Embrace of the Serpent, directed by the Colombian filmmaker Ciro Guerra, marks the first time a Colombian film has been nominated for an Oscar. Saying that, Guerra’s film is shot in stunning black-and-white and centers around Karamakate, an Amazonian shaman who is the last survivor of his people, and two scientists who, over the course of 40 years build a friendship with him in their search of a sacred plant.
In the week leading up to the 88th Oscars, I got an opportunity to interview Ciro Guerra via skype, who gladly talked about his film, and how proud he is to represent his country at the Oscars, on February 28th, 2016.
MOVIEMOVESME: How did you feel being the first filmmaker to shoot a film in the Colombian Amazon in over thirty years?
Ciro Guerra: It was a very difficult film to make; for a long time, it felt it was an impossible film and very few people believed in the project. Having been able to make it I feel very grateful I got to spend so much time in the place with all these wonderful people of the crew and the cast and also the people who welcomed us into their world.
MOVIEMOVESME: How did the idea come to not only shoot this brilliant story in the Amazon but also in black and white?
Ciro Guerra: The film from the very beginning was inspired by the diary of this explorer who took a journey to the Colombian Amazon. Seeing those images was very striking; it wasn’t like those associated generally with tourism; it just felt like those pictures were talking to you from a different world and from a different time. When I went to the Amazon I realised it was not possible to portray the colors of the Amazon. It had to be done another way and I decided I’ll let the audience use their imagination. The Amazon you see in the film is not the real Amazon, it’s an imagined Amazon. So the colors people will imagine is going to be better than I could’ve portrayed.
MOVIEMOVESME: Can you talk about the research you put in and how you went about putting two scientists from two different timelines and combine them into one story?
Ciro Guerra: When I first approached Amazonian storytelling and Amazonian men, it’s almost incomprehensible, so you’re very lost. So I was looking for a way to make the audience think this way. I read in the journals an anecdote, “He came following the footsteps of another explorer thereabouts 50 or 70 years before.” They were seeing in him the same man who was more or less a myth. This idea of a single journey, of a single soul traversing through the lives of different men just gave me an understanding Amazonian time and history. It was quickly incorporated into the story.
MOVIEMOVESME: Can you talk about your collaboration with European actors and inexperienced actors? Also what kind of support did you receive from the community?
Ciro Guerra: When we started moving around, we invited the indigenous communities to be a part of the project. We asked for their permission to shoot in places that are sacred to them. People were very enthusiastic about it. Just as long as you can carefully explain them what you want to do and that you don’t have any hidden intentions people are very collaborative. All the indigenous people playing in this film are actual indigenous people. Initially I thought explaining them how to play in a movie would be difficult but it was much easier. They were so enthusiastic and so open, the fact they were acting in their own language was so important to them that they seem like real actors on the screen. I think the bigger challenge was for the American and European actors but they accepted the challenge and we told them phonetically how to say every word, how to read every line and they just did their homework very passionately. They were very committed.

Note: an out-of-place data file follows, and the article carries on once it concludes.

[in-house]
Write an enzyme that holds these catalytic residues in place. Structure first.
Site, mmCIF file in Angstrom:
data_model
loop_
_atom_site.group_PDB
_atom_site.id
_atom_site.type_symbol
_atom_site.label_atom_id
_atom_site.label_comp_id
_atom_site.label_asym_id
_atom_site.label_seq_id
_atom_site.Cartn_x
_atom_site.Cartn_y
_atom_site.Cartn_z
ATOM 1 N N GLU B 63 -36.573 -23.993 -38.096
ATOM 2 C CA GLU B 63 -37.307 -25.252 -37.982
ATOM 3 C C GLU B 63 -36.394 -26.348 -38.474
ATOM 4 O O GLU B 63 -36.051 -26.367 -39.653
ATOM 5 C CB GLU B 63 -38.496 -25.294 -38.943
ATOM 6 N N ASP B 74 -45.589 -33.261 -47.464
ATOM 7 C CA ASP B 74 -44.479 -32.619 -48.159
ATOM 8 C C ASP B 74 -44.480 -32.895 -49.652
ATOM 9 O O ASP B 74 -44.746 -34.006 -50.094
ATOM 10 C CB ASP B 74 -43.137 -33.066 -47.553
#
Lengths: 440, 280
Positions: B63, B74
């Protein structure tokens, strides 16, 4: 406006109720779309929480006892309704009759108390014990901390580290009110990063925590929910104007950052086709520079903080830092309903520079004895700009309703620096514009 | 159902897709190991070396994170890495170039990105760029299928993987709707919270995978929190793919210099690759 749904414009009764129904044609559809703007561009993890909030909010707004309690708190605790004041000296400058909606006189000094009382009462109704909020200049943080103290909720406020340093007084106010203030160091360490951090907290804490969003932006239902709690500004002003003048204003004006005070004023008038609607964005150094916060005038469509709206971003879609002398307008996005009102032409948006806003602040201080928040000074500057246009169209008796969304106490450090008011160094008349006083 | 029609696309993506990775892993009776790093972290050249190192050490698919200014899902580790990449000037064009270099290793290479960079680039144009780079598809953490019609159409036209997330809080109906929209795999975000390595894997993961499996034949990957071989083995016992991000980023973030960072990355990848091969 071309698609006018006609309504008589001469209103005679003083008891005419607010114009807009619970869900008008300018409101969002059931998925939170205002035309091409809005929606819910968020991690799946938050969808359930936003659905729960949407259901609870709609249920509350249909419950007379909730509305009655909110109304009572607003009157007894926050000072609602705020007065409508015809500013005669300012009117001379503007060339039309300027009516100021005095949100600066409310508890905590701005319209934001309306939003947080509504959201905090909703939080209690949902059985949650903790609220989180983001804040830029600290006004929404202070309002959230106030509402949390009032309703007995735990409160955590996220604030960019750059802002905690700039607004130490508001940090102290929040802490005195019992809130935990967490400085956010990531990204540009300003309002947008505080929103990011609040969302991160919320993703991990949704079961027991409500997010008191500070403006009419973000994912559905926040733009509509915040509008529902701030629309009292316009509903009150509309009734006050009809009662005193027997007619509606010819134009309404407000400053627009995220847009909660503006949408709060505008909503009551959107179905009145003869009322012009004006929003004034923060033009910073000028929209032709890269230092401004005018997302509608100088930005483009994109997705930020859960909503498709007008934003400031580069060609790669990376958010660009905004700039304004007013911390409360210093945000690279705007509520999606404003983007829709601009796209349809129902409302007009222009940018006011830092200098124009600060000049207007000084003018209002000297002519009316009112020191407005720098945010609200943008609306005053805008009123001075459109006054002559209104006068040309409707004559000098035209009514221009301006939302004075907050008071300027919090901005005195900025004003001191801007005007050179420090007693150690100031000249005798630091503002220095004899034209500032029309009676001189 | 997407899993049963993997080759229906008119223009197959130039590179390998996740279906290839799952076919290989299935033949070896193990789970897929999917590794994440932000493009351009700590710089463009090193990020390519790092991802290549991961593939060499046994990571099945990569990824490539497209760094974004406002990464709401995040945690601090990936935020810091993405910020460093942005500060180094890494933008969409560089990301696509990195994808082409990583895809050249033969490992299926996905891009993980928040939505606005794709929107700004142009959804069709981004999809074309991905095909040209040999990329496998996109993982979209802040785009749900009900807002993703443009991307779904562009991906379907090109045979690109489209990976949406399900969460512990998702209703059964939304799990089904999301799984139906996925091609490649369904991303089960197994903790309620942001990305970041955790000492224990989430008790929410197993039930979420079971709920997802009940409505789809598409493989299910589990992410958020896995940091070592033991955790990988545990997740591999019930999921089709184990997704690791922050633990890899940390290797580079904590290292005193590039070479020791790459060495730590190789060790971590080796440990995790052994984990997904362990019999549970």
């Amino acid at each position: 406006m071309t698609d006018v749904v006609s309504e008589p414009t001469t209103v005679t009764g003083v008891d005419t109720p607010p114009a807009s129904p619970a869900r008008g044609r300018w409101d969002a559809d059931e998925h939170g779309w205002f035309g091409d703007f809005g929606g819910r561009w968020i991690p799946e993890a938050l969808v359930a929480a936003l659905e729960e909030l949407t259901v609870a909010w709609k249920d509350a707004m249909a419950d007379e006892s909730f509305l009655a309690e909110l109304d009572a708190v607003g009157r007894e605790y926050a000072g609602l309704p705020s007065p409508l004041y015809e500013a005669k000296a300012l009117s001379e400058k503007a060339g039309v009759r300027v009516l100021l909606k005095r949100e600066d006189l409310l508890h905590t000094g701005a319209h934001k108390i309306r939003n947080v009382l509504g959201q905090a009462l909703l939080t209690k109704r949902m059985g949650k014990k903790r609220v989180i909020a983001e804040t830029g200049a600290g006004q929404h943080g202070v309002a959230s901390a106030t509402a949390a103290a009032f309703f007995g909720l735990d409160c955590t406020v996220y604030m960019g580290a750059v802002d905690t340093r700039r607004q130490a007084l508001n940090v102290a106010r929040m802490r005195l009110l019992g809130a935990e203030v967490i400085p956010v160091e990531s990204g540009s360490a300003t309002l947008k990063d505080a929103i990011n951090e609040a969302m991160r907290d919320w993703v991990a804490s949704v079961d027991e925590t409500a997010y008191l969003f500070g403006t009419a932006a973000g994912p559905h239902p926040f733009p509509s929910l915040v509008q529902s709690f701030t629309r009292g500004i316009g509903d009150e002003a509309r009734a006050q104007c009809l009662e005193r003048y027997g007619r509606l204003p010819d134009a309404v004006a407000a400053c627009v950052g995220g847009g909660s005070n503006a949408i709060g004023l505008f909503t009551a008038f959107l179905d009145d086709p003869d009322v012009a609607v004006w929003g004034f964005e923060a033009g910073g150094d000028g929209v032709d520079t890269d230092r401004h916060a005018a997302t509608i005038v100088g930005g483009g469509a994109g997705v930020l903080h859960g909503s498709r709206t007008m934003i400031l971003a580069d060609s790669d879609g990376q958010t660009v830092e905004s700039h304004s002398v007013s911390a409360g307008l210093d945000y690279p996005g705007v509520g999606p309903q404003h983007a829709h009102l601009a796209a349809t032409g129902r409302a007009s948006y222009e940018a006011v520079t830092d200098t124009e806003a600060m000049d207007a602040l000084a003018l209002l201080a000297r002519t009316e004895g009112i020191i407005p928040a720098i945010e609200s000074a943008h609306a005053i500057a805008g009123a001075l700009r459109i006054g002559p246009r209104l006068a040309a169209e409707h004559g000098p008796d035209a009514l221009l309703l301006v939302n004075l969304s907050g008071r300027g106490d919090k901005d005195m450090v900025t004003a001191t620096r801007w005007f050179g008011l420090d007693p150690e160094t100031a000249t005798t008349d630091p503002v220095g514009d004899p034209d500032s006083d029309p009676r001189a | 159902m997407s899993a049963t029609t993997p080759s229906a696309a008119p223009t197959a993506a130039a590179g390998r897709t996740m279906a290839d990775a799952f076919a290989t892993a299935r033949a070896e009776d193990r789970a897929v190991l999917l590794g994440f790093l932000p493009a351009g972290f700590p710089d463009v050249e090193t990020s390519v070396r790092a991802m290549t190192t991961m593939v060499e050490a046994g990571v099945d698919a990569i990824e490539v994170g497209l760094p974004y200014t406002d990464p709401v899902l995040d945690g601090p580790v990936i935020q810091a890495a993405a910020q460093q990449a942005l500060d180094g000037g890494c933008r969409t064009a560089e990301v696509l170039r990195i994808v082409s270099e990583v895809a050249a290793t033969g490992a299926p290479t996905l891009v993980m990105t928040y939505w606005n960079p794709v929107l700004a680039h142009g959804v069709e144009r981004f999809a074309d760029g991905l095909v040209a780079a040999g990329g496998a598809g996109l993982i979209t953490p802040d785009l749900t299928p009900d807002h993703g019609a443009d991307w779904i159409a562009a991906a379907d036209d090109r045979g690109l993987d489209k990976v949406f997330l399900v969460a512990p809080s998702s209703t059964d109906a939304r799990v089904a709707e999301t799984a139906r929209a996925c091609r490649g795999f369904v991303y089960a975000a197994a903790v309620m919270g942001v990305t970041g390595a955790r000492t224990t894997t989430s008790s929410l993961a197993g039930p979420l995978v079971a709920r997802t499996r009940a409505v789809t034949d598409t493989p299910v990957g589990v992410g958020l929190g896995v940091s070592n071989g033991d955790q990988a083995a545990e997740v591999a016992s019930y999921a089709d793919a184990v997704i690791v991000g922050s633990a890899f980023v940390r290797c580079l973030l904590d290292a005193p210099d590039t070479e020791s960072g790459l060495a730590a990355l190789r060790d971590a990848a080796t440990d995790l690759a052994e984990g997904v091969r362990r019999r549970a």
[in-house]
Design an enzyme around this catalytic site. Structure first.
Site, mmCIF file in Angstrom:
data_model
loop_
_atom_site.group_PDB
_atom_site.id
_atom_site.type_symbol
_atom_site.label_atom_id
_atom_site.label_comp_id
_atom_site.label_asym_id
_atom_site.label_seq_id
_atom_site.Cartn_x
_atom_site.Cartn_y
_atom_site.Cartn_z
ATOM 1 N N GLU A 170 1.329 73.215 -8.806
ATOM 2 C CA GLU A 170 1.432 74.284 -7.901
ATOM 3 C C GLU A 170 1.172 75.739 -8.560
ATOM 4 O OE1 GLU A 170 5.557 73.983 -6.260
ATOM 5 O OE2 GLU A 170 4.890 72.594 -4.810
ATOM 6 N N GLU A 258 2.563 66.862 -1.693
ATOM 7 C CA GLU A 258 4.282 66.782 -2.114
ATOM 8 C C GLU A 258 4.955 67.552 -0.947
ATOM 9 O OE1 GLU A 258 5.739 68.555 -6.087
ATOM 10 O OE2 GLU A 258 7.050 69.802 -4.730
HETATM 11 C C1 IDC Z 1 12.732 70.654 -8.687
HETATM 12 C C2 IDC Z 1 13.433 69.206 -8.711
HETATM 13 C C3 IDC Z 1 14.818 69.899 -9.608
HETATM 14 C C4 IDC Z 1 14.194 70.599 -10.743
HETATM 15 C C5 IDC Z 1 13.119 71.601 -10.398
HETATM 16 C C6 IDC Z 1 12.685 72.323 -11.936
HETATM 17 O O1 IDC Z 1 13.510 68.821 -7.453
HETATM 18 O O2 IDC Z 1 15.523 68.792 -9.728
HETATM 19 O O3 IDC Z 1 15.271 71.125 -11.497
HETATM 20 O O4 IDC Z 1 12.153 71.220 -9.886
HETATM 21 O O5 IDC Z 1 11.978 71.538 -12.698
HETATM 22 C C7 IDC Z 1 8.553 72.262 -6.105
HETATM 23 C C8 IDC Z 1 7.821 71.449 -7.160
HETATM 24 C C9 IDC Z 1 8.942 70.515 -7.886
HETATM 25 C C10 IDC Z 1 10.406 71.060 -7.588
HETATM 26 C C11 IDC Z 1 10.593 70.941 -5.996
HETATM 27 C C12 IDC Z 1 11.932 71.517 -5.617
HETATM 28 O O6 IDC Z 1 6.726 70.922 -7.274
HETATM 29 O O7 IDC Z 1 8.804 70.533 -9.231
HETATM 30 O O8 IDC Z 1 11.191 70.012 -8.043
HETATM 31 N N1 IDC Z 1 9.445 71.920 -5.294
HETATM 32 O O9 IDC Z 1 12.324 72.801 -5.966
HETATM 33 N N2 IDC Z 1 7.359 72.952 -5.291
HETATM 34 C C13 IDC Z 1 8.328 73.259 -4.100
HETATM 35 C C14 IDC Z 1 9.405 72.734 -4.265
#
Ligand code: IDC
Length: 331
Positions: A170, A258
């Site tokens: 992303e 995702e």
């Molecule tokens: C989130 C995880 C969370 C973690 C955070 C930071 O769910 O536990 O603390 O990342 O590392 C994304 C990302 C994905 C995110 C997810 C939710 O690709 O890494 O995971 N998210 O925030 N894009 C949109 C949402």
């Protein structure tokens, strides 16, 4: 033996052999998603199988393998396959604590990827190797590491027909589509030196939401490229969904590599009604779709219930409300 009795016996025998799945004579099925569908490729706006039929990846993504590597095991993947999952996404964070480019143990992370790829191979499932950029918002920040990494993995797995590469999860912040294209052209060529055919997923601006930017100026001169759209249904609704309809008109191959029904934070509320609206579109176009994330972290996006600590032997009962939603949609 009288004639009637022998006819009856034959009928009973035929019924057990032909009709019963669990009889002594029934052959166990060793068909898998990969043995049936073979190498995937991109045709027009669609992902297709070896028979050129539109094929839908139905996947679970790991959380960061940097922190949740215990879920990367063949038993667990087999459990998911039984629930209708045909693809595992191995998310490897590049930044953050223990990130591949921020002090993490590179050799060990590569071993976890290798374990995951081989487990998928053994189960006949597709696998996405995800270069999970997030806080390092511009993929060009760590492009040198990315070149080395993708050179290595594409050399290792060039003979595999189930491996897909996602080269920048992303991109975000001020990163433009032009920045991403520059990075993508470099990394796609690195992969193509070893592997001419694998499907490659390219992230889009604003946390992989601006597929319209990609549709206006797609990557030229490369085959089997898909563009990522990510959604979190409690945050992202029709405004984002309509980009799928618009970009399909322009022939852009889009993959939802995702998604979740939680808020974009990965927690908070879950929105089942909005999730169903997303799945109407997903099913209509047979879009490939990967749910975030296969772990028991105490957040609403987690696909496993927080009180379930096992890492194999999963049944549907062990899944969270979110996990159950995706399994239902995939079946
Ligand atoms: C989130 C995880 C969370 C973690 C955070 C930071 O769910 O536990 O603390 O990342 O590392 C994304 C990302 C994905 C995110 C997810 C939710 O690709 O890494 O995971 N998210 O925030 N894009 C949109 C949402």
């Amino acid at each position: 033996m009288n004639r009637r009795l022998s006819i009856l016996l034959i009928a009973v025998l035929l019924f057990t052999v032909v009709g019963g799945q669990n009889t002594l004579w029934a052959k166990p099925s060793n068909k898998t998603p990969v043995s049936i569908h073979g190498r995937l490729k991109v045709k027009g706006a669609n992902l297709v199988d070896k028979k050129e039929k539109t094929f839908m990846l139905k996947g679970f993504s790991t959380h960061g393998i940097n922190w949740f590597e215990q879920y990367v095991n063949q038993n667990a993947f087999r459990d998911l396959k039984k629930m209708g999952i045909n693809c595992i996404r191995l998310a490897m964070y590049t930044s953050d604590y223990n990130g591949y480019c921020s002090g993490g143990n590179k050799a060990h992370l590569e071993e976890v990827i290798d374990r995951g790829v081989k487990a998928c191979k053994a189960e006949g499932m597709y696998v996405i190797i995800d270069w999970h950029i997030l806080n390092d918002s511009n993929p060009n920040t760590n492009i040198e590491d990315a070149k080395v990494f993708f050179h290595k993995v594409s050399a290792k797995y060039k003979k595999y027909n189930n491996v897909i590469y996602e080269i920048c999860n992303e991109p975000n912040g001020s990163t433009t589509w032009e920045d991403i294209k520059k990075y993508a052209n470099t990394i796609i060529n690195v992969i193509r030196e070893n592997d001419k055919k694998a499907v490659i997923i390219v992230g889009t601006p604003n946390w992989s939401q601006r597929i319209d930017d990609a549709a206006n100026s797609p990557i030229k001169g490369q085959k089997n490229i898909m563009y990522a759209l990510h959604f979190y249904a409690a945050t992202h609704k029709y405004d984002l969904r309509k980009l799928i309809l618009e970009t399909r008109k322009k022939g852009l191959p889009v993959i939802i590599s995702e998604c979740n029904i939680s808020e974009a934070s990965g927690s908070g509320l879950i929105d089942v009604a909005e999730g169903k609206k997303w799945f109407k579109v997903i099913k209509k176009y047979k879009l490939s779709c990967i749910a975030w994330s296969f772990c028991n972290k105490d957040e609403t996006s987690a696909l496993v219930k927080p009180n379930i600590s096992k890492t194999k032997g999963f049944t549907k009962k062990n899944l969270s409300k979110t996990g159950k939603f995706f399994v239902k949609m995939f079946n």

MOVIEMOVESME: Can you talk about the Yakruna plant?
Ciro Guerra: It’s a fictional plant; it doesn’t exist. It’s what we created based on real plants. When we were collaborating with the indigenous people they asked not to use the names of real plants as it’s sacred for them. We were not looking for botanical truths but rather a deeper truth, which is what you do when you do fiction. So for us it was no problem to use it as a fictional plant.
MOVIEMOVESME: How does it feel to have been shortlisted for the Oscars and representing Colombia there?
Ciro Guerra: It’s a great honor because there were many great films from around the world. The great thing about it is that thanks to this a lot of people around the world are getting to know the film. So there are many more distribution options opening up for our film because of this exposure. So it’s fantastic, we are always looking for ways to reach new viewers and to get them excited and interested.
MOVIEMOVESME: How did your perception change after having shot a film with a civilization completely different from ours?
Ciro Guerra: It was actually not quite easy to get back to normal life after this experience. For a few years I was learning to see the world from a different point of view, so when you come back nothing is the same. I hadn’t used money for so long, it was difficult using it again!
MOVIEMOVESME: I would like to hear your opinion about Oscars being diverse or not diverse.
Ciro Guerra: I think if you’re looking for diversity, you have been looking in the wrong categories. Because if you take a look at wider spectrum of things you will find diversity, for example if you look at other categories like short documentary. I think the diversity problem is not of the Oscars, it’s a problem of films in general especially films that get wider releases and distribution. So we need films of all kinds of sensibilities, we need more films directed by people from all over the world and we need them to be seen by a wider audience. The thing of the Oscars is merely a reflection of the much bigger problem that has to change eventually.